When Injustice is Fully Bilingual (2022 Mallory Lecture)


Tuesday, February 15, 4 p.m. ET via Zoom.

Register here.

Canada has two official languages, two different imperial legacies, two dominant cultures, two mainstream media landscapes — which have an unequal, often competitive, sometimes painful relationship with one another. The question is: where does that leave everyone else? The 2022 Mallory Lecture, delivered by Emilie Nicolas, will explore the impact of the French-English duality on social movements that advocate for decolonization, antiracism and social justice in Canada. Emilie Nicolas will discuss how the competing nationalist discourses often leave "others" stuck between a rock and a hard place — and what strategies can be put forward to escape fully bilingual injustice.

Emilie Nicolas is a columnist with Le Devoir and The Montreal Gazette, as well as a consultant and public speaker on public policy, equity, human rights, international cooperation, race and gender issues. She is a regular contributor to CBC's Power & Politics and Let's Go, CTV's PowerPlay and Canadaland, and has been published in several journals, magazines and newspapers, both in French and English. Most recently, she won Quebec’s cultural magazine (SODEP) 2020 Excellence Award for Best Essay for a piece in Liberté magazine.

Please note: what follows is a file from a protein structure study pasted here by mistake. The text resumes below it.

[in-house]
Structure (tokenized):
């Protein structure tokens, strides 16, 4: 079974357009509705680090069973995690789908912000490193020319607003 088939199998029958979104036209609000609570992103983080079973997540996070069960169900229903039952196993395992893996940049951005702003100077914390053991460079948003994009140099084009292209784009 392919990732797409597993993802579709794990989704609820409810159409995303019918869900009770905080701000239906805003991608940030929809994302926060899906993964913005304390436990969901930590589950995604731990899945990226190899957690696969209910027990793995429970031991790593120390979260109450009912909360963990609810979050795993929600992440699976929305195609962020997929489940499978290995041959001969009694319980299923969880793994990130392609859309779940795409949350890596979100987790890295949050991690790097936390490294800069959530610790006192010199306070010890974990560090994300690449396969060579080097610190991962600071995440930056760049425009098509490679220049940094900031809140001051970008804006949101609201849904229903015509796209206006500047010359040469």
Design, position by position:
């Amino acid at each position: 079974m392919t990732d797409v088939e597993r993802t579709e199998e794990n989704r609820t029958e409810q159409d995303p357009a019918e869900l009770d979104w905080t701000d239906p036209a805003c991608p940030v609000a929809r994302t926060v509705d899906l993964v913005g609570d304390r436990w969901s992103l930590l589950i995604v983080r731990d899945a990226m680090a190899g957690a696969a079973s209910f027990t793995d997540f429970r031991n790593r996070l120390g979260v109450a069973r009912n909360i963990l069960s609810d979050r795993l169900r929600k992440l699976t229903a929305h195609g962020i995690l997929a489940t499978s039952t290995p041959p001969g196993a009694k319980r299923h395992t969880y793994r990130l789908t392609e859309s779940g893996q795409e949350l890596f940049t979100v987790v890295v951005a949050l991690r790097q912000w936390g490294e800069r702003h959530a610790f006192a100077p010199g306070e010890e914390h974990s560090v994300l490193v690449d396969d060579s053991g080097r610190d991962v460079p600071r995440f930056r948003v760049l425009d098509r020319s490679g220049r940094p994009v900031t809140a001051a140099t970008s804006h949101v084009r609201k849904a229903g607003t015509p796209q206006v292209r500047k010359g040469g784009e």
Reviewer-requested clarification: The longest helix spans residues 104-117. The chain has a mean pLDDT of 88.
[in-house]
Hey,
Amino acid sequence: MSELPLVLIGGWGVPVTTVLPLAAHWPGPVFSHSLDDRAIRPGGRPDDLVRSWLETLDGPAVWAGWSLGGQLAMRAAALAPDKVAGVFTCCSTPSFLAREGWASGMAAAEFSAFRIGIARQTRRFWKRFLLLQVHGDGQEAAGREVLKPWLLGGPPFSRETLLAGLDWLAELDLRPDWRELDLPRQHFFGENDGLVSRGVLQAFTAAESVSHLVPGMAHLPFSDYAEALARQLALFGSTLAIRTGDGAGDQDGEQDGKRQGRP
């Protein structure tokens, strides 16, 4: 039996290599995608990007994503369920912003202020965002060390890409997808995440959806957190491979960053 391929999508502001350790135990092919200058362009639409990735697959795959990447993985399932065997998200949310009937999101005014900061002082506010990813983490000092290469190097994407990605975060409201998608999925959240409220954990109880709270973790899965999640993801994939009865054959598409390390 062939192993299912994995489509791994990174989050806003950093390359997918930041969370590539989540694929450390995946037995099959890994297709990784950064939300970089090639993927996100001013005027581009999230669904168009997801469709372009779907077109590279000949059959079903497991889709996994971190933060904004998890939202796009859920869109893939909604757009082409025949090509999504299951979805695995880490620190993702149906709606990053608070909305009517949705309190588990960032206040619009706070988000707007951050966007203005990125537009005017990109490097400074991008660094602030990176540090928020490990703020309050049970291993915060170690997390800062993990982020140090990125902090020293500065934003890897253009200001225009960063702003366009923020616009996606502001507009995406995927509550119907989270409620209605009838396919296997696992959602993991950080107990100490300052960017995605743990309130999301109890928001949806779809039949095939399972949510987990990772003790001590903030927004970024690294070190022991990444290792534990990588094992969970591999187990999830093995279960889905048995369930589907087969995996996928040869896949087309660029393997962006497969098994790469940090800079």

As a Vanier Scholar and PhD candidate in Linguistic Anthropology at the University of Toronto, Emilie focused her research on the role of a shared language in the connections between Quebec and Haiti. Emilie holds an M.A. in Comparative Literature from the same university. She recently taught the course “#BlackLivesMatter in the Media” at the University of St. Michael’s College.

The webinar discussion will be moderated by MISC director Daniel Béland and will be followed by an audience Q&A. Simultaneous interpretation in French and English will be offered.

About the Mallory Lectures:

Created in 1995, the Mallory Lecture is an annual event hosted by the McGill Institute for the Study of Canada (MISC), in honour of the late J.R. Mallory, Professor of Political Science and pioneer of Canadian Studies at McGill.

James Russell Mallory (1916-2003) was educated at New Brunswick (BA Hons), Dalhousie (MA), and Edinburgh (LLB). He touched many through his teaching and written works about the constitution and workings of Canadian government. He served at McGill for 45 years and was chairman of the Economics & Political Science department for a decade. After retiring in 1982, he was appointed professor emeritus and continued to teach for another 10 years. In 1964, he was elected to the Royal Society of Canada and was later awarded the Queen’s Silver Jubilee Medal in 1977.

Past Mallory Lecture speakers include Elizabeth Mae, Thomas Mulcair, Warren Allmand, Andrew Coyne, Cindy Blackstock, John Gomery, Phyllis Lambert, and Bob Rae.

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